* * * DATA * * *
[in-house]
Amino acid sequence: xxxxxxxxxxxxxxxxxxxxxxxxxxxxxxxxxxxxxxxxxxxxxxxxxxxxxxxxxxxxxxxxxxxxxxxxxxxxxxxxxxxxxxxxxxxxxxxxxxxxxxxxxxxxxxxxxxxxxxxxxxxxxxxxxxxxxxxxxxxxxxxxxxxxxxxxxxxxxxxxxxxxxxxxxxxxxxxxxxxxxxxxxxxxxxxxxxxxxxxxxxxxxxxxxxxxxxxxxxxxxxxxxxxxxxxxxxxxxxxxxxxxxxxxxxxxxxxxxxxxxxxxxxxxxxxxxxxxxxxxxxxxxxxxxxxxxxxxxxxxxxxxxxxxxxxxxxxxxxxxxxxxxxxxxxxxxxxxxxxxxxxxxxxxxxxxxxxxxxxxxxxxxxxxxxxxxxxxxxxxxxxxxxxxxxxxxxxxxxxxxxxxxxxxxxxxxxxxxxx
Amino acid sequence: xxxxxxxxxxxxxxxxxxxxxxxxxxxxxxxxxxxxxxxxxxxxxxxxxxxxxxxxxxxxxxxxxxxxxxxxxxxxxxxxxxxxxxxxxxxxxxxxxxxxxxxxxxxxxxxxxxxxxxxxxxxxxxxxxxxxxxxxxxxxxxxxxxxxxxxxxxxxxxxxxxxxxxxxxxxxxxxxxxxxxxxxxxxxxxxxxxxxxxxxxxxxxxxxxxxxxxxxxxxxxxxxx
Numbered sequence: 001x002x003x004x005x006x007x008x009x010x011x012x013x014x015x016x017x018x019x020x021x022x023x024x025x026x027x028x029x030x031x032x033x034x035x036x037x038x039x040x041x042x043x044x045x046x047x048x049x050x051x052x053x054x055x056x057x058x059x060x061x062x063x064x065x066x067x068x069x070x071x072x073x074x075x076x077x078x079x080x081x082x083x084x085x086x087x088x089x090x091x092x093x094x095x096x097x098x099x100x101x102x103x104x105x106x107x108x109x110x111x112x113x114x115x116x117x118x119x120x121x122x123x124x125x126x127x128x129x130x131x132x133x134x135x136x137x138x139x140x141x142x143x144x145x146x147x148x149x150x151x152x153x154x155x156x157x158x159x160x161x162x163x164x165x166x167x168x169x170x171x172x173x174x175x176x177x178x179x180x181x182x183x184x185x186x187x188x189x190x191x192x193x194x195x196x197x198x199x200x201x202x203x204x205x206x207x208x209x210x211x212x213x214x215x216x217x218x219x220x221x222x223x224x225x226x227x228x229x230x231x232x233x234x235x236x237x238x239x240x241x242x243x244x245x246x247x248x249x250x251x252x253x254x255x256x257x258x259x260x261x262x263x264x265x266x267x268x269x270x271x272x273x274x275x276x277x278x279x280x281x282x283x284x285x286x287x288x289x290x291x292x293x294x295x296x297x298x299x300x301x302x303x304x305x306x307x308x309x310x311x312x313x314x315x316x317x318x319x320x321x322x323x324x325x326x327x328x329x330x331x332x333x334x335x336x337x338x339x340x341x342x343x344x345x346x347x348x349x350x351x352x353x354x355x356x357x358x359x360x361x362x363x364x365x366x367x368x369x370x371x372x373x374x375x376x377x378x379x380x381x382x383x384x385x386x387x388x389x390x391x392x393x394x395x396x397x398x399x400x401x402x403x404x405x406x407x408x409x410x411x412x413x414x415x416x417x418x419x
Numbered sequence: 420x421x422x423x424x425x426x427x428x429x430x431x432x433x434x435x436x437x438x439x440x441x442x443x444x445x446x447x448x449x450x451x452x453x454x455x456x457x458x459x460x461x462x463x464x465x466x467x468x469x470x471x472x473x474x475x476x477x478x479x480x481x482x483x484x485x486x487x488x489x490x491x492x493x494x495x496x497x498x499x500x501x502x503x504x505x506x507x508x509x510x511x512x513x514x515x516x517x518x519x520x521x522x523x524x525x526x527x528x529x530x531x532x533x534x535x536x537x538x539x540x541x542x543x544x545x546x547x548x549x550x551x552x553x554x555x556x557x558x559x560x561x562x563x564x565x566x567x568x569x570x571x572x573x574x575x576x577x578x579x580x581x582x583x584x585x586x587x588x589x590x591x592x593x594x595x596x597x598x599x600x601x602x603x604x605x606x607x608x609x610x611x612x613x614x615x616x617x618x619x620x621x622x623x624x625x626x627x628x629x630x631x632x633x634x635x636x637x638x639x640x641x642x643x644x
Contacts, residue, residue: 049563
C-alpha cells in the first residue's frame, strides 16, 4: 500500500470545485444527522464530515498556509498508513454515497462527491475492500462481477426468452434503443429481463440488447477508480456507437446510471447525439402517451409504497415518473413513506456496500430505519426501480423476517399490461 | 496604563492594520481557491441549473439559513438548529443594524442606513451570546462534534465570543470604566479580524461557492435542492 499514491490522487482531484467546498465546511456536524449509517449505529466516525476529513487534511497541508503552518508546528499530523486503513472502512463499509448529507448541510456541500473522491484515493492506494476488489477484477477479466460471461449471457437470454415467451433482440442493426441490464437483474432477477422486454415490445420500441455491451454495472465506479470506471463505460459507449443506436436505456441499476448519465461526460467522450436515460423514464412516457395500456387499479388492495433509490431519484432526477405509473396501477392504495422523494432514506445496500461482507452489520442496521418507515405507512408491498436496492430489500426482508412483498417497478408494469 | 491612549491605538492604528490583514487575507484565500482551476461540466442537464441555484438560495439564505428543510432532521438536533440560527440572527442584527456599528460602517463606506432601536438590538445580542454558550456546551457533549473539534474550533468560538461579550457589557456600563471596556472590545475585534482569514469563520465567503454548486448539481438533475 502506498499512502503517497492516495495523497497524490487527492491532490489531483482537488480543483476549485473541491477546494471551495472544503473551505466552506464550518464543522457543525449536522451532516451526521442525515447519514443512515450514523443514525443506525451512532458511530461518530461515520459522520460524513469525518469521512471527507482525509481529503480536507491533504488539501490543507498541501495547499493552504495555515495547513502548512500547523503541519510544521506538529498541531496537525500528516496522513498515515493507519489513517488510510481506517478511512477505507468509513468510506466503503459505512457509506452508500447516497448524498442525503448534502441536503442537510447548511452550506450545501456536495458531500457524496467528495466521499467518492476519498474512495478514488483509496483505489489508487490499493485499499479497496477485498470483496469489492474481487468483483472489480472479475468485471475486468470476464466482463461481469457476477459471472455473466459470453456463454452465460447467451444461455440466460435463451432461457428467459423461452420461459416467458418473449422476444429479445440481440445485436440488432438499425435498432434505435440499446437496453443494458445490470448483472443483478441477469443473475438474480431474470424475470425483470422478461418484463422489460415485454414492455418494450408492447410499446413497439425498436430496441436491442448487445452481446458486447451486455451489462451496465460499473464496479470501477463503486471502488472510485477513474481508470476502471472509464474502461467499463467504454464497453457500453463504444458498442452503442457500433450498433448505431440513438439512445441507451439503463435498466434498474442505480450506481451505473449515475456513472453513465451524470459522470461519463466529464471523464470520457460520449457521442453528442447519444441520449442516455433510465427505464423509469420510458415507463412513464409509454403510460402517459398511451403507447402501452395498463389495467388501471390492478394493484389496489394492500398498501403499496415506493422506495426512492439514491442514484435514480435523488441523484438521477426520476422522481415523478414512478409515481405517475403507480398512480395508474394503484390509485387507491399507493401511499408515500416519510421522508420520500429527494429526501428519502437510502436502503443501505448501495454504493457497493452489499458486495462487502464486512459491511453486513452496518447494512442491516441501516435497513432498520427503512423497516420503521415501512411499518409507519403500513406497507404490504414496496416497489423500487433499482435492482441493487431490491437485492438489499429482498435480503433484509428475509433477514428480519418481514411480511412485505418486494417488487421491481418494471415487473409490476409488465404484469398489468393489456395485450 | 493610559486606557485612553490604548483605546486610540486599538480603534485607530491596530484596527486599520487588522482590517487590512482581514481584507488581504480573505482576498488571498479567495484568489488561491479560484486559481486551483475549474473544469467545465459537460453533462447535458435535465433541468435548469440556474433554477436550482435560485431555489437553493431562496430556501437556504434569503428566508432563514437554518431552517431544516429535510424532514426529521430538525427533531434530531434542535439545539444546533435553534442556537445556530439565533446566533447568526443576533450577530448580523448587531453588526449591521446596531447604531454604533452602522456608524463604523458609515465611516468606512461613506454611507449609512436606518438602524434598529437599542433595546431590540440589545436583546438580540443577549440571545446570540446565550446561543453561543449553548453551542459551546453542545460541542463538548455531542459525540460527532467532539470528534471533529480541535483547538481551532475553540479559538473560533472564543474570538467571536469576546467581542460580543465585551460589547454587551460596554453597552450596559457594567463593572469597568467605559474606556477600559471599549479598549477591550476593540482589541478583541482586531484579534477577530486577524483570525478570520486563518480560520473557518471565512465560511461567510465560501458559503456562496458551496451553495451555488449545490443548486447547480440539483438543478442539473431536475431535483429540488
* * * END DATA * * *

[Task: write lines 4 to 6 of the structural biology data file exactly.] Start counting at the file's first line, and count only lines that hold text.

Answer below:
Numbered sequence: 001x002x003x004x005x006x007x008x009x010x011x012x013x014x015x016x017x018x019x020x021x022x023x024x025x026x027x028x029x030x031x032x033x034x035x036x037x038x039x040x041x042x043x044x045x046x047x048x049x050x051x052x053x054x055x056x057x058x059x060x061x062x063x064x065x066x067x068x069x070x071x072x073x074x075x076x077x078x079x080x081x082x083x084x085x086x087x088x089x090x091x092x093x094x095x096x097x098x099x100x101x102x103x104x105x106x107x108x109x110x111x112x113x114x115x116x117x118x119x120x121x122x123x124x125x126x127x128x129x130x131x132x133x134x135x136x137x138x139x140x141x142x143x144x145x146x147x148x149x150x151x152x153x154x155x156x157x158x159x160x161x162x163x164x165x166x167x168x169x170x171x172x173x174x175x176x177x178x179x180x181x182x183x184x185x186x187x188x189x190x191x192x193x194x195x196x197x198x199x200x201x202x203x204x205x206x207x208x209x210x211x212x213x214x215x216x217x218x219x220x221x222x223x224x225x226x227x228x229x230x231x232x233x234x235x236x237x238x239x240x241x242x243x244x245x246x247x248x249x250x251x252x253x254x255x256x257x258x259x260x261x262x263x264x265x266x267x268x269x270x271x272x273x274x275x276x277x278x279x280x281x282x283x284x285x286x287x288x289x290x291x292x293x294x295x296x297x298x299x300x301x302x303x304x305x306x307x308x309x310x311x312x313x314x315x316x317x318x319x320x321x322x323x324x325x326x327x328x329x330x331x332x333x334x335x336x337x338x339x340x341x342x343x344x345x346x347x348x349x350x351x352x353x354x355x356x357x358x359x360x361x362x363x364x365x366x367x368x369x370x371x372x373x374x375x376x377x378x379x380x381x382x383x384x385x386x387x388x389x390x391x392x393x394x395x396x397x398x399x400x401x402x403x404x405x406x407x408x409x410x411x412x413x414x415x416x417x418x419x
Numbered sequence: 420x421x422x423x424x425x426x427x428x429x430x431x432x433x434x435x436x437x438x439x440x441x442x443x444x445x446x447x448x449x450x451x452x453x454x455x456x457x458x459x460x461x462x463x464x465x466x467x468x469x470x471x472x473x474x475x476x477x478x479x480x481x482x483x484x485x486x487x488x489x490x491x492x493x494x495x496x497x498x499x500x501x502x503x504x505x506x507x508x509x510x511x512x513x514x515x516x517x518x519x520x521x522x523x524x525x526x527x528x529x530x531x532x533x534x535x536x537x538x539x540x541x542x543x544x545x546x547x548x549x550x551x552x553x554x555x556x557x558x559x560x561x562x563x564x565x566x567x568x569x570x571x572x573x574x575x576x577x578x579x580x581x582x583x584x585x586x587x588x589x590x591x592x593x594x595x596x597x598x599x600x601x602x603x604x605x606x607x608x609x610x611x612x613x614x615x616x617x618x619x620x621x622x623x624x625x626x627x628x629x630x631x632x633x634x635x636x637x638x639x640x641x642x643x644x
Contacts, residue, residue: 049563